Scientists in a new study have discovered that hiccups in babies, caused by sudden contractions of the diaphragm, trigger electrical activity in the brain which could help infants learn breathing regulation.
A brand-new study published by researchers from the Department of Neuroscience, Physiology and Pharmacology of University College London found that hiccups in babies, caused by sudden contractions of the diaphragm, trigger electrical activity in the brain which could help infants learn breathing regulation.
In 13 infants on the neonatal ward (30–42 weeks corrected gestational age), researchers analysed electroencephalography (EEG) activity (18-electrode recordings in six subjects; 17-electrode recordings in five subjects; 16-electrode recordings in two subjects), time-locked to diaphragm contractions (n = 1316) recorded with a movement transducer affixed to the trunk.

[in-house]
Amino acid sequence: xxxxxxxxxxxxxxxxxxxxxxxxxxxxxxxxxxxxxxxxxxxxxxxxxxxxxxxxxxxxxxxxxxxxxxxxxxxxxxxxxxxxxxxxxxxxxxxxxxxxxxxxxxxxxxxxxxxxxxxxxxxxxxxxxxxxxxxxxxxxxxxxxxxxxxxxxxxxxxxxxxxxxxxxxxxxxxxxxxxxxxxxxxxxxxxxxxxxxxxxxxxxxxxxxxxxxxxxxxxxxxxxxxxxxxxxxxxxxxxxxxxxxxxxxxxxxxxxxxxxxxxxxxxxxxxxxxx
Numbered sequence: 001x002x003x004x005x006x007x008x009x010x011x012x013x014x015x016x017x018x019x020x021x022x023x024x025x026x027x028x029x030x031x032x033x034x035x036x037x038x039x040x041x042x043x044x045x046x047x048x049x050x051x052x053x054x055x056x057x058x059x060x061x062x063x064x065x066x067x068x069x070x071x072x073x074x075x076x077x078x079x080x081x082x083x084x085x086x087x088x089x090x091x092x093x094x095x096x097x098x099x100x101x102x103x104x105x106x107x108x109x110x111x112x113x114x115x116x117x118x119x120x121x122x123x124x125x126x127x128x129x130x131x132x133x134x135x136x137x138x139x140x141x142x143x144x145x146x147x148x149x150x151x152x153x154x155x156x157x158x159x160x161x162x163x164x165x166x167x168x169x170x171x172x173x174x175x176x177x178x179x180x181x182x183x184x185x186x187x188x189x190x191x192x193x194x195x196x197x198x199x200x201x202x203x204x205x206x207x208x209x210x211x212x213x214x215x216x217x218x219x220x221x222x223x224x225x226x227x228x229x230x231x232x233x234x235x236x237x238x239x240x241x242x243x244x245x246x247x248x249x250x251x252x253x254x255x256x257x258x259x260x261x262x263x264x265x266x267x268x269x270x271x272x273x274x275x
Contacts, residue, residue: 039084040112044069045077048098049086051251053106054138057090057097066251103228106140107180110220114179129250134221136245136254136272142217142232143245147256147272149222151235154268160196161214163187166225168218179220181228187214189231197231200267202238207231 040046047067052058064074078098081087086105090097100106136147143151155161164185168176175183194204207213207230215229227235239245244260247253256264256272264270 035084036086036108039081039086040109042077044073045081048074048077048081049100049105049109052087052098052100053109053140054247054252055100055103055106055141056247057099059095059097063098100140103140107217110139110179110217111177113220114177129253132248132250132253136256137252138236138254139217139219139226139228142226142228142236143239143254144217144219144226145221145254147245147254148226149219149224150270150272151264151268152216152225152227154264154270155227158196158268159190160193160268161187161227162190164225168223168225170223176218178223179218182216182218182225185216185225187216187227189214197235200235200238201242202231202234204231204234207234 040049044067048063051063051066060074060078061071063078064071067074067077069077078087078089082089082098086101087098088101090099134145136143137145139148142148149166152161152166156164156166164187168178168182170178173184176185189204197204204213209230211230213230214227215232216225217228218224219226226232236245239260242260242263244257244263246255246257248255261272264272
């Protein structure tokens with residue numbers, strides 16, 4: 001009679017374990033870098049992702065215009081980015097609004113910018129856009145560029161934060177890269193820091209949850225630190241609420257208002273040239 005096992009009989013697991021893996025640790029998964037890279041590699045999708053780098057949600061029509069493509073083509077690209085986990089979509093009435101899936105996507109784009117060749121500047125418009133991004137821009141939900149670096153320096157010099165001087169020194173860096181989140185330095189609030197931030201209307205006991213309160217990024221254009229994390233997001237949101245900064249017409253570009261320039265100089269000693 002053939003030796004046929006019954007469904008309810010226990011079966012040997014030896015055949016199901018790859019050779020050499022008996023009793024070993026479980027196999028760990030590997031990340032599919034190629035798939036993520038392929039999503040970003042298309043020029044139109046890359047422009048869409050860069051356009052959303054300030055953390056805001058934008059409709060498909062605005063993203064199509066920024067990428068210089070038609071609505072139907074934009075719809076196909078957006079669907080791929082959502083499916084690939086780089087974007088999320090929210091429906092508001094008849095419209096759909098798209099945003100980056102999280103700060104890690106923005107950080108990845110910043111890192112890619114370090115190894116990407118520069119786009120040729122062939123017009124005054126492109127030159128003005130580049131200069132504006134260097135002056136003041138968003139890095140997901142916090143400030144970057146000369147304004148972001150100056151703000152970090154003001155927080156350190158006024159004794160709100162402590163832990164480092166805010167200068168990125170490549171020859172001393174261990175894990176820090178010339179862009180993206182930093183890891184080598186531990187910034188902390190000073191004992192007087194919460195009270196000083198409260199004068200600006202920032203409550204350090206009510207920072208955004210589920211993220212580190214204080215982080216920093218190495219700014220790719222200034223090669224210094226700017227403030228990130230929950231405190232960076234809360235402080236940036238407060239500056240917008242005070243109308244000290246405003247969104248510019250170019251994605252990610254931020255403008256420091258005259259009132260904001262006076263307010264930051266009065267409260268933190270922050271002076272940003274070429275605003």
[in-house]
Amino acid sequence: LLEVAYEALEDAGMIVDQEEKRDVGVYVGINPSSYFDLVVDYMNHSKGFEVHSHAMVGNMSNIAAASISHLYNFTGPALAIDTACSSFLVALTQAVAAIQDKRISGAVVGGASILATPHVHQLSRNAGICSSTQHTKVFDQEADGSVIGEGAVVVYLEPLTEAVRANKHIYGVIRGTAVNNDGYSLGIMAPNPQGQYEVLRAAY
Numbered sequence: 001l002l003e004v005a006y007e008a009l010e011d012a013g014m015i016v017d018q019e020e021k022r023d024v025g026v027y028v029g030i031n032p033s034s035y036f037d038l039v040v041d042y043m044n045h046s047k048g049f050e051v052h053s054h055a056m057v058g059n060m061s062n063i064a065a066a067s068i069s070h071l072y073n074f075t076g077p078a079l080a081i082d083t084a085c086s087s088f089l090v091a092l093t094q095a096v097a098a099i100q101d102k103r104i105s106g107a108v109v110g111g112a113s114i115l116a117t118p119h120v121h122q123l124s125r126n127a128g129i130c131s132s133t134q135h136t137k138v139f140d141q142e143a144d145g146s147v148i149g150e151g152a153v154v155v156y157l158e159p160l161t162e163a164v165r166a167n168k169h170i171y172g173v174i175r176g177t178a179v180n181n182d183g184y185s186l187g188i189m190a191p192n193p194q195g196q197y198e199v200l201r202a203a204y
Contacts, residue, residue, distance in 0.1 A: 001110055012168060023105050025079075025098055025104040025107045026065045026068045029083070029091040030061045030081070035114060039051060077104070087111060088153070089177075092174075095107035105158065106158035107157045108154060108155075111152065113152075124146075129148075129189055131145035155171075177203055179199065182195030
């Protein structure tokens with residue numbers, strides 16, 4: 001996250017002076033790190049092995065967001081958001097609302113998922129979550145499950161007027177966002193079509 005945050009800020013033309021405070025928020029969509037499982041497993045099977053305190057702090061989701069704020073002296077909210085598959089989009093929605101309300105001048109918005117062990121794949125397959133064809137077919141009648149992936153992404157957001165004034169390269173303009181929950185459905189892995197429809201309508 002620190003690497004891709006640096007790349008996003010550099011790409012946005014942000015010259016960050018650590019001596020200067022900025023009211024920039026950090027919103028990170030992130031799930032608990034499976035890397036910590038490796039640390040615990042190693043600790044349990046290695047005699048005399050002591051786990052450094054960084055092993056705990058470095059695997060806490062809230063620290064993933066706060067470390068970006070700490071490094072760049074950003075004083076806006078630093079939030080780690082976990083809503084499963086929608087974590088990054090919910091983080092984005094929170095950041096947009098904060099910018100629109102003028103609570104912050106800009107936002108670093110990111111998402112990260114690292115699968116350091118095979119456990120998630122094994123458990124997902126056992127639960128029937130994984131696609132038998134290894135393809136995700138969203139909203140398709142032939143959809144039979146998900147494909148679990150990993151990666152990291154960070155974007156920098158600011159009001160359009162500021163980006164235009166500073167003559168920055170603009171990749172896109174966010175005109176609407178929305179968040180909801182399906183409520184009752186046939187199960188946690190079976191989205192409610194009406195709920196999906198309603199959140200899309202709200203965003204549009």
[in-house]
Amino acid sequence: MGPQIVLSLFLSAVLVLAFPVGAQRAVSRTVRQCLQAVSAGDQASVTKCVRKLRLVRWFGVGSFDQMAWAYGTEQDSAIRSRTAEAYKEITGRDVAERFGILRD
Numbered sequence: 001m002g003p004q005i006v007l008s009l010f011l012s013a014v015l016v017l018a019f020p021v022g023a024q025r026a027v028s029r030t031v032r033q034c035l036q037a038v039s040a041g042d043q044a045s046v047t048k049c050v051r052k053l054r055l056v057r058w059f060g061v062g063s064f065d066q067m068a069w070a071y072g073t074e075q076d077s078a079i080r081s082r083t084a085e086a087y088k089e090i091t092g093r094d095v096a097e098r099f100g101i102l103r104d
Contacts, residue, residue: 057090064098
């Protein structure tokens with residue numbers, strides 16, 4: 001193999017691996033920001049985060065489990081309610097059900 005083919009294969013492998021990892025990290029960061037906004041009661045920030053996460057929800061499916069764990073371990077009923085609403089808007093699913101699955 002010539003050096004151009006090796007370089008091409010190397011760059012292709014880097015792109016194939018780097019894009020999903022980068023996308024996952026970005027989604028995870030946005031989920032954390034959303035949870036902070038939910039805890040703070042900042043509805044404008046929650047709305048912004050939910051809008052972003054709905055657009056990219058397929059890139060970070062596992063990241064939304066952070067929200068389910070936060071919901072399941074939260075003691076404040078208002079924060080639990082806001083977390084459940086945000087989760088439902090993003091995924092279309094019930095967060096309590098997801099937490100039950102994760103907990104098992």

Research paper titled “Event-related potentials following contraction of respiratory muscles in pre-term and full-term infants” stated that the infants brain activity was recorded with electrodes attached to the scalp, while hiccuping movements were assessed with sensors on the babies’ torso.
According to researchers, all the bouts of hiccups occurred during wakefulness or active sleep. Each diaphragm contraction evoked two initial event-related potentials with negativity predominantly across the central region, and a third event-related potential with positivity maximal across the central region.
Researchers stated that involuntary contraction of the diaphragm can be encoded by the brain from as early as ten weeks prior to the average time of birth.
They found in their study that hiccups – frequent in neonates – provide afferent input to the developing brain.